Dreamforce 2015 conference coverage

Last updated:September 2015

Editor's note

At the Dreamforce 2015 conference, cloud-based CRM provider Salesforce built on its key innovations from last year, with improvements to its development platform, Lightning, and its analytics offering, Wave. With its upgrades, Salesforce has continued to focus on personalizing customer experiences, making data actionable and democratizing the application experience for business users.

Salesforce built on these upgrades with enhancements to existing offerings, such as the Sales and Service Clouds, as well as with new service offerings at the Dreamforce 2015 conference. Announced at the show was Salesforce's foray into the Internet of Things -- the IoT Cloud -- which enables companies to take the massive streams of data coming from products, ingest that data into the Salesforce platform and generate actions based on the data in real time. Wind turbines could adjust their behavior based on weather or delayed passengers with airline connections could be rebooked while they are still in flight. The IoT Cloud is powered by Thunder, a sister development platform to Lightning, under the hood.

The IoT Cloud also reflects Salesforce's further entrenchment in its ecosystem. Microsoft, for example, is using the cloud to capture data on Office 365 usage, Microsoft's productivity and collaboration platform. Salesforce in turn is tapping into Microsoft's Azure for scalability given the massive volumes of data, then sending the data to Salesforce applications.

Users responded to the offerings at the Dreamforce show with piqued interest -- and some caution. Users are generally enthused by the enhancements to Lightning, which they said has made Salesforce applications' UI far more user-friendly.

The Health Cloud, which Salesforce announced on the eve of Dreamforce, targets the healthcare industry and aims to bring siloed patient data together to improve patient relationships. However, the Health Cloud is ambitious in scope, promising to stitch together data from legacy healthcare systems. But this kind of data integration has been a bugbear even in industries in which CRM systems are well-entrenched, such as retail, so healthcare may pose an even steeper challenge.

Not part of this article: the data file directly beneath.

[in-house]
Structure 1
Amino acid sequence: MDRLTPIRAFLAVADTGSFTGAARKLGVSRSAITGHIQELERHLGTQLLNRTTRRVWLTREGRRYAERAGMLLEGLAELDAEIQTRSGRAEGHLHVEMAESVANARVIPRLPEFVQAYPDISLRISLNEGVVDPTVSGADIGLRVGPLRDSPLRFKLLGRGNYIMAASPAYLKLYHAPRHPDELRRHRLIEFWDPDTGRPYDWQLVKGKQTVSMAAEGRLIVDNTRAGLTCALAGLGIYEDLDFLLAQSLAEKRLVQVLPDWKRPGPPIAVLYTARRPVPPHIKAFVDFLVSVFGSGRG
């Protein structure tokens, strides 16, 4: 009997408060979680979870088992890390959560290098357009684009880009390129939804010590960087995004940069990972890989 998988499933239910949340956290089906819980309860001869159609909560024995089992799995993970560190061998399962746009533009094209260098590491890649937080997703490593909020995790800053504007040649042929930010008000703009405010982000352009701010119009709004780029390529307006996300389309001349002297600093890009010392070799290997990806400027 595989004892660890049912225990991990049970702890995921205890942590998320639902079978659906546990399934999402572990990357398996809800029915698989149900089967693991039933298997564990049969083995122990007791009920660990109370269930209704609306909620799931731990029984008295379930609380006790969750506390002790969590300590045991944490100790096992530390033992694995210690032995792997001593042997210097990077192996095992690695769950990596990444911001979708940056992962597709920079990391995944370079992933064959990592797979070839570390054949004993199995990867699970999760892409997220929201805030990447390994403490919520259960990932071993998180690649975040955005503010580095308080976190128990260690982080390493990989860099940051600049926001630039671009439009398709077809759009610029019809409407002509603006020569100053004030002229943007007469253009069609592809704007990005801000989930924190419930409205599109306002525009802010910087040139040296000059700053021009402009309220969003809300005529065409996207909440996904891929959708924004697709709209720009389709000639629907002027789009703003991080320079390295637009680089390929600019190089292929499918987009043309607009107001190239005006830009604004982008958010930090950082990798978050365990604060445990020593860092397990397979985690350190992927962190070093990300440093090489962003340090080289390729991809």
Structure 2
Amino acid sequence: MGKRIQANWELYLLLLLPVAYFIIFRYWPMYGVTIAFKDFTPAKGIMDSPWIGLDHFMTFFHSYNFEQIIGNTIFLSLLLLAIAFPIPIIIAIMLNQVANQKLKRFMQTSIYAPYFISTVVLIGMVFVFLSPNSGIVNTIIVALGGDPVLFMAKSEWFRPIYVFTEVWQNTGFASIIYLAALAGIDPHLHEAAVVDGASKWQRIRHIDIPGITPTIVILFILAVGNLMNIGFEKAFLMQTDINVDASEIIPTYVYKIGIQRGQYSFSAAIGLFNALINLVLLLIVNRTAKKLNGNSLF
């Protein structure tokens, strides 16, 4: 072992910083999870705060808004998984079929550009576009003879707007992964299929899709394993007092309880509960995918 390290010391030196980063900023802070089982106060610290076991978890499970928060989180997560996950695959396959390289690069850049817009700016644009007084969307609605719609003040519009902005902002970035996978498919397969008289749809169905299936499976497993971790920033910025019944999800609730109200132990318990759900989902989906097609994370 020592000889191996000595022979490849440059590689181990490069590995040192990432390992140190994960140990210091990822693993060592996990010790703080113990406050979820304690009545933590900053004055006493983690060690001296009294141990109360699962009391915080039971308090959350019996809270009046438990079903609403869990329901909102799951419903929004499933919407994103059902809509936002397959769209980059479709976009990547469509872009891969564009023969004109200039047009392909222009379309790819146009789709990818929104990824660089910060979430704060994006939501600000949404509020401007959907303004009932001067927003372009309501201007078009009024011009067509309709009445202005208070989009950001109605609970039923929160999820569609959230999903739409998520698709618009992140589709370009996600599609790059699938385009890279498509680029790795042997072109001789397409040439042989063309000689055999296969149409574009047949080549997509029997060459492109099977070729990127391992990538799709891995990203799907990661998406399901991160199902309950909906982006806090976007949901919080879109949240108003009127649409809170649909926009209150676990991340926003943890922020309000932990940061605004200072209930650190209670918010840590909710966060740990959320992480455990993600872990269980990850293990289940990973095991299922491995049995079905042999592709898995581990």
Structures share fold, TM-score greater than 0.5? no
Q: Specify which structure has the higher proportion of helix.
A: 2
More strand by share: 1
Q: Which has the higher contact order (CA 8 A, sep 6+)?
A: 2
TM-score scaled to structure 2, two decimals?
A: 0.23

Wave, the Salesforce Analytics Cloud, still needs to establish its street cred among a wider base of users. While some companies welcome its business-friendly data visualization features and speed of implementation, many others are still heavily invested in other analytics tools and need to figure out where Wave fits in to their plans.

Finally, the IoT Cloud presents opportunities to corral and digest massive volumes of product and customer data, but it's a major undertaking that will take infrastructure and other adjustments for many companies.

Ultimately, Salesforce's moves at Dreamforce 2015 signal that the cloud-based CRM provider is moving well beyond its roots, though CRM remains at the core. Time will tell whether this expansion bolsters its foundation or extends CRM too far afield.

For more Dreamforce conference news and trends, check out our roundup below.

1Dreamforce coverage

The Dreamforce 2015 conference was marked by Salesforce's commitment to tackling new industries with offerings including the IoT and Health Clouds but also by customer re-evaluation of older services. A year after their releases at Dreamforce 2014, Salesforce's Analytics Cloud, known as Wave, and its application-development platform, Lightning, still face adoption challenges among users. The conference also signaled the start of a deeper relationship between Salesforce and Microsoft, which could open doors for the IoT Cloud.